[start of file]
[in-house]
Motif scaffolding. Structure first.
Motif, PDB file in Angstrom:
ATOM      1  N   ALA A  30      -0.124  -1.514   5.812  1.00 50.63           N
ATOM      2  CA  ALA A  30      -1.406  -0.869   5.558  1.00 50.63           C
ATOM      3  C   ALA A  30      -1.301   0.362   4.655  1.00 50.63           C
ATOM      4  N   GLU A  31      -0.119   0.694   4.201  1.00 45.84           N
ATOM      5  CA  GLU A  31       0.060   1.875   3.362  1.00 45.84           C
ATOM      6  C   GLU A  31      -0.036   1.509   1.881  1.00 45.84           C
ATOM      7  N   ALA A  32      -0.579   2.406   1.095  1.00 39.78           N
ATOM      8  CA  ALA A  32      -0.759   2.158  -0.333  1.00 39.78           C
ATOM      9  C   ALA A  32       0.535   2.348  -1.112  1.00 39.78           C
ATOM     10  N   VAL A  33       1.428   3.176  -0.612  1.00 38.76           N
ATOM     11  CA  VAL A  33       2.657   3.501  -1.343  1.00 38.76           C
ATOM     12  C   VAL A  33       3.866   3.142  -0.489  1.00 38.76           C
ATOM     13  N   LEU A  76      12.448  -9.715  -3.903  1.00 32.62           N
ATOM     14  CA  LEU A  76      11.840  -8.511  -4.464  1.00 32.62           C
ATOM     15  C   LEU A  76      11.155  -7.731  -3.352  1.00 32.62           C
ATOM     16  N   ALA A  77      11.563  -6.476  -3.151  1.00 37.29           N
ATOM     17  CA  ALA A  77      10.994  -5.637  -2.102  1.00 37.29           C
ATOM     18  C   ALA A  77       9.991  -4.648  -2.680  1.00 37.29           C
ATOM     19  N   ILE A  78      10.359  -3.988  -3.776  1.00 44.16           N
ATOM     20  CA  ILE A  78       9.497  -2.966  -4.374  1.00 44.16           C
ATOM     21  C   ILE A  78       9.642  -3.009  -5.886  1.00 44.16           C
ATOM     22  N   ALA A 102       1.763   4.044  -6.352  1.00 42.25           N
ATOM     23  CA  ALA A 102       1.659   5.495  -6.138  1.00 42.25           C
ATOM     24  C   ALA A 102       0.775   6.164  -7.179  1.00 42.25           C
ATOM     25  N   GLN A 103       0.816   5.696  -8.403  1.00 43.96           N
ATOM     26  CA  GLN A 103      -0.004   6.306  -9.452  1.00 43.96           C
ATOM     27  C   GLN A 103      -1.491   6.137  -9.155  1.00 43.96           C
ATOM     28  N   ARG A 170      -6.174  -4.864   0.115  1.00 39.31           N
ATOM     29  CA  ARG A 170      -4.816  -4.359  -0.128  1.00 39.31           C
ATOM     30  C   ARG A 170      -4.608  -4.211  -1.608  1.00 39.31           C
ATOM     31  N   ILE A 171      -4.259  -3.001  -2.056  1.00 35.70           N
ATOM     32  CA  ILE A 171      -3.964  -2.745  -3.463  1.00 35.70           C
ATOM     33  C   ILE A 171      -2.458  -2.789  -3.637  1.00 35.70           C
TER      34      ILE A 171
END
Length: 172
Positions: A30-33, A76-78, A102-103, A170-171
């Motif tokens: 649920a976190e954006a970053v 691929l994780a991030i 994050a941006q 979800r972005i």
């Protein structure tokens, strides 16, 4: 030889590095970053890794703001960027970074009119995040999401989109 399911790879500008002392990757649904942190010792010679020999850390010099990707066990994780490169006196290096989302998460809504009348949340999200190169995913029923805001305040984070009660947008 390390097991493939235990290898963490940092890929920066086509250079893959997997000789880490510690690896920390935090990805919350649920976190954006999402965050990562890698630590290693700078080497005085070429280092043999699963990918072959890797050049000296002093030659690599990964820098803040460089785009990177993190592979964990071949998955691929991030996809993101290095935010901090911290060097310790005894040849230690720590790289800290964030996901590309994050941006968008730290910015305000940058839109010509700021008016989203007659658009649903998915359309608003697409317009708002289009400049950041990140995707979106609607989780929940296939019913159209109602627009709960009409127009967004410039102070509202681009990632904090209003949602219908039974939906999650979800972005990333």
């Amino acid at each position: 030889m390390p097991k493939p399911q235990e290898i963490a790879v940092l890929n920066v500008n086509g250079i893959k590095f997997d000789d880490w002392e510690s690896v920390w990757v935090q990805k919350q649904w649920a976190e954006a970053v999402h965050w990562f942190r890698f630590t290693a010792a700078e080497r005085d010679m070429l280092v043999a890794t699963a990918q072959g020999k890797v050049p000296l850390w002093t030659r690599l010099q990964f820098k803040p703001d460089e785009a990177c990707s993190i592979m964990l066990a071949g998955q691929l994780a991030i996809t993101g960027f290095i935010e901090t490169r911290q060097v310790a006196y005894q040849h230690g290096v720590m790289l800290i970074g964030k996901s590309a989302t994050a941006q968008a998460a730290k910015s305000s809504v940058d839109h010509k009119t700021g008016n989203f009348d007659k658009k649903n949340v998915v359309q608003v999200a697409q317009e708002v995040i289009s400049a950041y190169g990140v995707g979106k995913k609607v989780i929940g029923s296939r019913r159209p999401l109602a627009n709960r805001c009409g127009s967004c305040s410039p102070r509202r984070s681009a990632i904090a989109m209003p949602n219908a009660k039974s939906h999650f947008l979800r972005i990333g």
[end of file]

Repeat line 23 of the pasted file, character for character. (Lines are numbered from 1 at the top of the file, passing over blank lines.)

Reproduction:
ATOM     20  CA  ILE A  78       9.497  -2.966  -4.374  1.00 44.16           C